The differences between forced-air furnaces and boilers, or radiant heating, are numerous. As far as heating options for your home go, Peachtree City is on the southern edge of places where both are viable choices. Which you choose depends on the type of heat you like and your physical preferences.
Radiant heating is slow and steady, while forced-air furnaces, including heat pumps, warm your air quickly and cool off just as fast. Eventually, a home with forced-air will warm to the point where temperatures are warm all over, but the furnace has to cycle on and off numerous times.
By comparison, a boiler runs continuously until the temperature reaches the thermostat’s settings. The heat radiates from wherever the pipes or tubes are that the boiler feeds. They can be in the floor beneath the carpet or tiles, snaked through baseboard heaters, or as radiators that sit in a room. Each room has a turn-off valve, so if you don’t want it heated, just turn off the heat.
Fire safety is always at the top of every homeowner’s list no matter what time of year it is. But, given the fact that we’re heading into the colder months of the year, we thought it would be fitting to discuss the dangers of storage in mechanical room areas, such as the room where your furnace resides.
The Need for Additional Storage
If you’re like most people, you own many items that require storage throughout the year. Perhaps you have a collection of family mementos that you want to hold on to or maybe you have boxes full of Christmas ornaments and decorations. Point is, you have more than enough stuff and are always looking for the best place to store your belongings.
Why You Should Never Use a Furnace Room for Storage
While many homes have multiple places where you can store various items, your furnace room should never be one of these places. Personal belongings often include items that are either flammable or susceptible to fire. Some have even been known to house dangerous elements like solvents and cleaning supplies. If your furnace malfunctions or an accident occurs, a fire could erupt very quickly. …
During the course of any heating or cooling season, dirt, mold spores and other debris can collect within your HVAC system’s evaporator coil. A dirty furnace coil affects home comfort, the life of the system, and your utility bills. It can even cause the furnace to shut down suddenly. Here is more about the effects of a dirty furnace coils and how you can prevent future problems.
Effects of a Dirty Furnace Coil
Air heated by your furnace travels through an evaporator coil and into your home’s ductwork. When debris accumulates in the furnace coil, less air can pass through. This makes an impact on the volume of heated air you will feel coming through your registers.
Besides just experiencing less warmth, you will also experience higher energy bills. Your furnace produces heating according to your thermostat setting. With less heated air reaching your home’s interior, the furnace must remain on longer to bring your home to the set temperature. The harder your furnace has to work, the higher will be your utility costs.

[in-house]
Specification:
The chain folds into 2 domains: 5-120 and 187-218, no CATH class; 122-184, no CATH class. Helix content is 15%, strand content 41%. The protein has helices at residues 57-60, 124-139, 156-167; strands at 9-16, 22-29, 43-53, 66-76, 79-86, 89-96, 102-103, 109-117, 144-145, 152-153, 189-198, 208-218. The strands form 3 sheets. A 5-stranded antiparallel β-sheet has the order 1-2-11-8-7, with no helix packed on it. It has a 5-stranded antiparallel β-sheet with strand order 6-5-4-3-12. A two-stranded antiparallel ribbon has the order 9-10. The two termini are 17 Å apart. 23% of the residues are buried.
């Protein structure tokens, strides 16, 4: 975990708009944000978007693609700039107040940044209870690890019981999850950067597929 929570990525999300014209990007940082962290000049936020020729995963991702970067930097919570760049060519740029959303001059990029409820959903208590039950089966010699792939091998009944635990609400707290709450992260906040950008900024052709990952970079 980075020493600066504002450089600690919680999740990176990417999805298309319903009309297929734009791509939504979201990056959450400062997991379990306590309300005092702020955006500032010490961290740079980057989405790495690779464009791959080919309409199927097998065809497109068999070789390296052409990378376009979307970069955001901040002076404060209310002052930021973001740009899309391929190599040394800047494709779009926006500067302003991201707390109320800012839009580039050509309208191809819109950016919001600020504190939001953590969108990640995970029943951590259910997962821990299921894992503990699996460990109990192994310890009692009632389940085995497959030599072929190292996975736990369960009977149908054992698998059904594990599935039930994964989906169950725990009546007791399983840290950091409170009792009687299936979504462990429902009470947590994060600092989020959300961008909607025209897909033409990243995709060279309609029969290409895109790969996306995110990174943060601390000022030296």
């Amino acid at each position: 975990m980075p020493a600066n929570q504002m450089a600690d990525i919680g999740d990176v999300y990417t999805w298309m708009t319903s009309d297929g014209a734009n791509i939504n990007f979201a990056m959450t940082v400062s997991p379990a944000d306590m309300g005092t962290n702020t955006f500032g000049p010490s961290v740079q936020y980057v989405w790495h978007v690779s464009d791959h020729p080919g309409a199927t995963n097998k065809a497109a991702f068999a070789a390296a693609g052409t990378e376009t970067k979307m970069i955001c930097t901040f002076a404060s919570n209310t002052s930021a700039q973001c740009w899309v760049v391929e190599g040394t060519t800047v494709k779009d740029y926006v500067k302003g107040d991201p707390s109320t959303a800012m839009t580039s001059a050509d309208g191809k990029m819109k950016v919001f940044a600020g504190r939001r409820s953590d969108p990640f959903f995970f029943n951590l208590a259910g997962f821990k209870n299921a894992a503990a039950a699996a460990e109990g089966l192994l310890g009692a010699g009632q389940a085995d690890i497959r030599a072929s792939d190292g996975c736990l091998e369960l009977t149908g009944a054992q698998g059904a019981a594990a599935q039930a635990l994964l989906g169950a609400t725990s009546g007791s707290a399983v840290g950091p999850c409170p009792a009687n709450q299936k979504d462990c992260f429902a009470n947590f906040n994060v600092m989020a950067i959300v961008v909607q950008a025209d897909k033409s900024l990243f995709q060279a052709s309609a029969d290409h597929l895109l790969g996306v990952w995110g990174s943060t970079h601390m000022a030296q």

If you’re undertaking a furnace installation in the near future, there are a number of considerations you’ll want to take into account. Not all furnaces are the same, nor are all homes. The furnace you have installed needs to match your home’s heating needs, among other factors. Consider the following before a furnace installation:
Fuel source — Different furnaces burn different fuels, including natural gas, fuel oil and propane. Electric furnaces and heat pumps also are available. The natural gas combustion furnace is the most common in the U.S., though as you move south, heat pumps become more prevalent. Still, the gas furnace is a relatively inexpensive and effective option if your home is already tied into a natural gas line and has the venting, ductwork and piping for a gas furnace.
Size — If your furnace ends up being too small or too large for your home, you won’t get the performance or efficiency that you’re hoping for. You’ll likely waste energy, stress parts and have to tolerate uneven temperatures in different rooms. An HVAC professional, as a preliminary to furnace installation, should calculate the heating load of your home before recommending a certain capacity of furnace. This calculation …
To save energy this winter, your primary goal should be to reduce the heating load on your central heating system, whether it’s a furnace or a heat pump. The heating load is the amount of energy that’s required to make your Georgia home feel comfortable, and reducing that load is essential if you want lower heating bills. But how do you do it?
Following are some tactics for reducing the workload (aka heating load) on your heating system. The bonus is that in most cases, these steps also will reduce your summer cooling load.
Check the air filter — A dirty filter will force the blower motor or air handler to work harder than necessary to push air through the filter and ductwork. This requires more energy and stresses system components. Inspect the filter monthly and change it when it looks dirty.
Upgrade insulation — Proper insulation – both in amount and type – will keep heat inside your home longer, minimizing the amount of work your furnace has to perform. Attic insulation is especially important, since heat in your living spaces tends to transfer upward into the attic unless it’s properly insulated and sealed.